Common goal: how soccer healed a gang and riot-hit area of LA
South Los Angeles is a 51 sq m grille of concrete and asphalt, spread flat below the sparkle of Hollywood and the towers of downtown. Early city leaders wrote racist covenants forcing black people and Latino immigrants into the blocks of south LA – not-so-subtly barricading them from the opulence beyond.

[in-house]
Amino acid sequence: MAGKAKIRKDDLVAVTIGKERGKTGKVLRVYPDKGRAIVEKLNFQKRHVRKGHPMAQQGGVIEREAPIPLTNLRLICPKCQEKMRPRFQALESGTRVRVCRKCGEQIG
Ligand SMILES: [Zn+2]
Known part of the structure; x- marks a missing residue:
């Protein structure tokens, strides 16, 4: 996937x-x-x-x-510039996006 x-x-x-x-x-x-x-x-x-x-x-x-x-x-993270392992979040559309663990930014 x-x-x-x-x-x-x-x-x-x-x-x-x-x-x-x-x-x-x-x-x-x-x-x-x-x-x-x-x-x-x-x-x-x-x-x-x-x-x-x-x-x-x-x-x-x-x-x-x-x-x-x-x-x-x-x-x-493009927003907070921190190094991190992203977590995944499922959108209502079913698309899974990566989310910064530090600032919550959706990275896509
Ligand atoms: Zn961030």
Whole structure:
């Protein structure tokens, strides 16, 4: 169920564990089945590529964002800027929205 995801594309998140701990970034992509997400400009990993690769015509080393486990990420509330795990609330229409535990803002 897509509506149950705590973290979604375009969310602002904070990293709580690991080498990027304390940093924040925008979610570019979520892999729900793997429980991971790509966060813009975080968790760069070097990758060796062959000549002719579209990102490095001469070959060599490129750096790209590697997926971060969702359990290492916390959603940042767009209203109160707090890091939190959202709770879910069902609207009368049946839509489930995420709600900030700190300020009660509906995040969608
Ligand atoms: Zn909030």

Twice in the last 52 years, south LA has exploded into days of fiery riots following incidents of police brutality. The most recent, in 1992, erupted at the intersection of Florence and Normandie Avenues, roughly the area’s geographic centre, after the police beating of an unarmed man, Rodney King, was captured on video. The riots lasted for nearly a week, leading to 12,000 arrests and exposing the world to LA’s complex and violent tangle of gangs, who still patrol much of the area today.